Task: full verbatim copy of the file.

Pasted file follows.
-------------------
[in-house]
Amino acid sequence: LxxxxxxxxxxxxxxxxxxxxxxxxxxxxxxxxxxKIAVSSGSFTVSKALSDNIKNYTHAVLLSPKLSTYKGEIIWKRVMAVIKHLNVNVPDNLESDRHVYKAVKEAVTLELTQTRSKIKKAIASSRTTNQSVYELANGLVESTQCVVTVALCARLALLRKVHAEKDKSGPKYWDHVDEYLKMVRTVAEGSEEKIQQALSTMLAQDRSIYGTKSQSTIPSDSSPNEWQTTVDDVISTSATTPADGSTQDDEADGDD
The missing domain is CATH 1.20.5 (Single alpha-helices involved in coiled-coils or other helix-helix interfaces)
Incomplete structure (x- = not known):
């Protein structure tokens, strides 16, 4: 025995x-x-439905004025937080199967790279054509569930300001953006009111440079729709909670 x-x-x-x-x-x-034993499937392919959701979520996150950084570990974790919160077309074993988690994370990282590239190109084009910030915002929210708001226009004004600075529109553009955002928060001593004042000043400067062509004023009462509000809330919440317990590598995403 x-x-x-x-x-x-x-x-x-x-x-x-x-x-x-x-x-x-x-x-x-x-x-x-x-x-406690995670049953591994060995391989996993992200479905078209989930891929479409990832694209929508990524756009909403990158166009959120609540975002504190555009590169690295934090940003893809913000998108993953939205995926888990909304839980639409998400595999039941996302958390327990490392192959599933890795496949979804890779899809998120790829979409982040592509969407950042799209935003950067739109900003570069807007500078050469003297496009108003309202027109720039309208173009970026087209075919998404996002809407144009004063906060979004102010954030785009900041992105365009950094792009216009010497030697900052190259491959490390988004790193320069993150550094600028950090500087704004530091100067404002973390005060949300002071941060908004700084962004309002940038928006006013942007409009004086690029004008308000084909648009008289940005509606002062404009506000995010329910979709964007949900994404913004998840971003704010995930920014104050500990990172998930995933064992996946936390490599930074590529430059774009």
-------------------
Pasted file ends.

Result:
[in-house]
Amino acid sequence: LxxxxxxxxxxxxxxxxxxxxxxxxxxxxxxxxxxKIAVSSGSFTVSKALSDNIKNYTHAVLLSPKLSTYKGEIIWKRVMAVIKHLNVNVPDNLESDRHVYKAVKEAVTLELTQTRSKIKKAIASSRTTNQSVYELANGLVESTQCVVTVALCARLALLRKVHAEKDKSGPKYWDHVDEYLKMVRTVAEGSEEKIQQALSTMLAQDRSIYGTKSQSTIPSDSSPNEWQTTVDDVISTSATTPADGSTQDDEADGDD
The missing domain is CATH 1.20.5 (Single alpha-helices involved in coiled-coils or other helix-helix interfaces)
Incomplete structure (x- = not known):
């Protein structure tokens, strides 16, 4: 025995x-x-439905004025937080199967790279054509569930300001953006009111440079729709909670 x-x-x-x-x-x-034993499937392919959701979520996150950084570990974790919160077309074993988690994370990282590239190109084009910030915002929210708001226009004004600075529109553009955002928060001593004042000043400067062509004023009462509000809330919440317990590598995403 x-x-x-x-x-x-x-x-x-x-x-x-x-x-x-x-x-x-x-x-x-x-x-x-x-x-406690995670049953591994060995391989996993992200479905078209989930891929479409990832694209929508990524756009909403990158166009959120609540975002504190555009590169690295934090940003893809913000998108993953939205995926888990909304839980639409998400595999039941996302958390327990490392192959599933890795496949979804890779899809998120790829979409982040592509969407950042799209935003950067739109900003570069807007500078050469003297496009108003309202027109720039309208173009970026087209075919998404996002809407144009004063906060979004102010954030785009900041992105365009950094792009216009010497030697900052190259491959490390988004790193320069993150550094600028950090500087704004530091100067404002973390005060949300002071941060908004700084962004309002940038928006006013942007409009004086690029004008308000084909648009008289940005509606002062404009506000995010329910979709964007949900994404913004998840971003704010995930920014104050500990990172998930995933064992996946936390490599930074590529430059774009």